What to do when you need to perpetrate a dramatic cyberattack, but you'd rather be eating tacos on the couch and watching Netflix? Hire a threat-delivery service (of course!).
Whereas hacking was once an individual sport reserved for the motivated, times have changed. Mealybug, the threat group responsible for the trojan downloader known as Emotet, appears to have changed its tactics from 2014 (when its favorite pasttime was targeting the banking industry to steal credentials), according to a joint technical alert (TA) issued by three government agencies. These days, the group is hawking its malware to other attack groups to use as a distribution mechanism for their own threats.
While it seems to have fallen off of the radar of the security community, the Emotet trojan “continues to be among the most costly and destructive malware affecting state, local, tribal, and territorial (SLTT) governments, and the private and public sectors,” according to the July TA, which was issued by a consortium of the Multi-State Information Sharing & Analysis Center (MS-ISAC), the Department of Homeland Security (DHS), and the National Cybersecurity and Communications Integration Center (NCCIC).” Emotet infections have cost SLTT governments up to $1 million per incident to remediate,” the report said.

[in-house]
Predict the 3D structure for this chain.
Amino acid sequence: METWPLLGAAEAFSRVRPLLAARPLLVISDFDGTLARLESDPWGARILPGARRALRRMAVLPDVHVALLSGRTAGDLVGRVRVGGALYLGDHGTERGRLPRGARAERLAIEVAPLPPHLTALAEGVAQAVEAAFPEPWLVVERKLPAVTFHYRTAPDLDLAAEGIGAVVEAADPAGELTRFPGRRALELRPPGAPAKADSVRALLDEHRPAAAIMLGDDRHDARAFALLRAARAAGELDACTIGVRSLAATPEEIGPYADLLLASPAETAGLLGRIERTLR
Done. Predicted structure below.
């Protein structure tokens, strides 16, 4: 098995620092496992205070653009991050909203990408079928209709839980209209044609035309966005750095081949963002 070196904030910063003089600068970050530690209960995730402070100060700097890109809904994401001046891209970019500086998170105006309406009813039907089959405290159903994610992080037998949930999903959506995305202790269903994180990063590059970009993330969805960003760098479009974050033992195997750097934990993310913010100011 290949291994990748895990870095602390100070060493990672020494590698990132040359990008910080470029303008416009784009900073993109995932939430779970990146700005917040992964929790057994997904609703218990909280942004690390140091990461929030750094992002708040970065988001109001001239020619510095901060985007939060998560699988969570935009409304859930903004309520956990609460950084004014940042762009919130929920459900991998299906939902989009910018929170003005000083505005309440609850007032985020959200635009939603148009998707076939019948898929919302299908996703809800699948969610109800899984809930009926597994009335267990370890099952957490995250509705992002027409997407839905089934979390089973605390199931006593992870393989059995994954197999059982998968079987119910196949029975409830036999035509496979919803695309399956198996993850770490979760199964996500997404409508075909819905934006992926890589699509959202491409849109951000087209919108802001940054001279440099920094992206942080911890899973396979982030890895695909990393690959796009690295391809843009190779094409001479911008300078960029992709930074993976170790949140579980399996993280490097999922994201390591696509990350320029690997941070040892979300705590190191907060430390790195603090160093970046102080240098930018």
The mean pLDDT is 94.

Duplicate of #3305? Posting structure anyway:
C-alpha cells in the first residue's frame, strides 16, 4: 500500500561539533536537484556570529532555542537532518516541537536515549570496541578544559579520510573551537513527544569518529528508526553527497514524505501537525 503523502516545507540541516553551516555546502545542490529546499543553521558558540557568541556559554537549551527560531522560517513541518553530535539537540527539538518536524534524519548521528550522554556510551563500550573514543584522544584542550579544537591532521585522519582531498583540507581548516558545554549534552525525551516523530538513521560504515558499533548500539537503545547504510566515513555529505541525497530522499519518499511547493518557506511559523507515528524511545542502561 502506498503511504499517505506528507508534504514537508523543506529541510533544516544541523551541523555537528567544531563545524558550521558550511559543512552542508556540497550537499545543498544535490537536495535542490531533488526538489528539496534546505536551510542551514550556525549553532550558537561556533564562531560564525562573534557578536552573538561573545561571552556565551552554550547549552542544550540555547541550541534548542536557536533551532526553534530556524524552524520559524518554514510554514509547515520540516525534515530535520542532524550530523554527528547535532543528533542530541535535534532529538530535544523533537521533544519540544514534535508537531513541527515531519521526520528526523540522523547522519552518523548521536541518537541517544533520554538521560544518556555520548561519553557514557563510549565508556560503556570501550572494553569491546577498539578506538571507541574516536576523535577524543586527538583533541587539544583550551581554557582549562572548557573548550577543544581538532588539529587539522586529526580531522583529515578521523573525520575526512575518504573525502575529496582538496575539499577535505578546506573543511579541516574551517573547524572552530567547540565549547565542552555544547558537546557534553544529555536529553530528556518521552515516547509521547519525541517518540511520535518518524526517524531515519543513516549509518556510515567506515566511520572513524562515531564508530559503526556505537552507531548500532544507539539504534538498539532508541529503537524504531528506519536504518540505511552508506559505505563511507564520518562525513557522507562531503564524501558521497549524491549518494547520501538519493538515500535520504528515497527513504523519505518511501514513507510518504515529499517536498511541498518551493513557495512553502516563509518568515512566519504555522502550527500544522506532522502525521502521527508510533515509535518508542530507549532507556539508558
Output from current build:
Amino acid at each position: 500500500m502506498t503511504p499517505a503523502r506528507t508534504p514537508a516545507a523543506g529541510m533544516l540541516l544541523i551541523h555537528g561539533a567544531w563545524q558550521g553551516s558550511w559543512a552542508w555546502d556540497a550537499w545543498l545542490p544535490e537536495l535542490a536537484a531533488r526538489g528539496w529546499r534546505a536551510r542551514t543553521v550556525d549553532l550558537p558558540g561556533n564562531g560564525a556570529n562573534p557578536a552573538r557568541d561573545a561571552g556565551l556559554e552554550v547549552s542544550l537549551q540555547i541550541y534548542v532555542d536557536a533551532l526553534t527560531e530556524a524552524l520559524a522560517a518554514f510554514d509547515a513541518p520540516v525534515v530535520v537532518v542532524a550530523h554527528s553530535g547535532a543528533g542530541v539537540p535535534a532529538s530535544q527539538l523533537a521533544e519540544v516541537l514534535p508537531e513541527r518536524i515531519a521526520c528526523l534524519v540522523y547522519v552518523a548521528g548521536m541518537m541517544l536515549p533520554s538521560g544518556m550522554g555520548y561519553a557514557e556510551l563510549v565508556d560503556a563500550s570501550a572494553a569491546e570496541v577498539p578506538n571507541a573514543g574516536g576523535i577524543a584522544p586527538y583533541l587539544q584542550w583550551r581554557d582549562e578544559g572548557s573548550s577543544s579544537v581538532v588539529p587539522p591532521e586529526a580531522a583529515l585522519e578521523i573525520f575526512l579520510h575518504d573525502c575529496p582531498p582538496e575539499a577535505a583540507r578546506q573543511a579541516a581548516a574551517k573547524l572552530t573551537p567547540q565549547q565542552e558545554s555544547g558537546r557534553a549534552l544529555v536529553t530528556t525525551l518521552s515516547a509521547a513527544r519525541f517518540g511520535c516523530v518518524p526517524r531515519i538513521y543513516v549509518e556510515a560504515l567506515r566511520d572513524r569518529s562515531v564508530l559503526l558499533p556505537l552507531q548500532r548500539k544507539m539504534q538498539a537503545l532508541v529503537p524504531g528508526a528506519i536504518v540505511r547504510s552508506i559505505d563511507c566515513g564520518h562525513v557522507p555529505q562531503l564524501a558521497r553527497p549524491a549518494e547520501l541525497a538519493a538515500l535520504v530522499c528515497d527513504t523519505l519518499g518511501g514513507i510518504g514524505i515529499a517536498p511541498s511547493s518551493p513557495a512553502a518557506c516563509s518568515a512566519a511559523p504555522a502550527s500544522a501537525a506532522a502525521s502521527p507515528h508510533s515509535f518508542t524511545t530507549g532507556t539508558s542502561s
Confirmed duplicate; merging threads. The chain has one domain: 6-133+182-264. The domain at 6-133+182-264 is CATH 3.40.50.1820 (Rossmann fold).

The group appears to have both expanded the trojan’s capabilities and its targets to become what threat researchers call an “end-to-end service for delivery of threats.” For example, earlier this year, Emotet was found to be using its loader function to spread the Quakbot and Ransomware variants.
An Analytic Story in the September 27th release of the Splunk Enterprise Security Content Update (ESCU) app can help you detect rarely used executables, specific registry paths that may confer malware survivability and persistence, instances where cmd.exe is used to launch script interpreters, and other indicators that Emotet (or similar types of malware) has compromised your environment.
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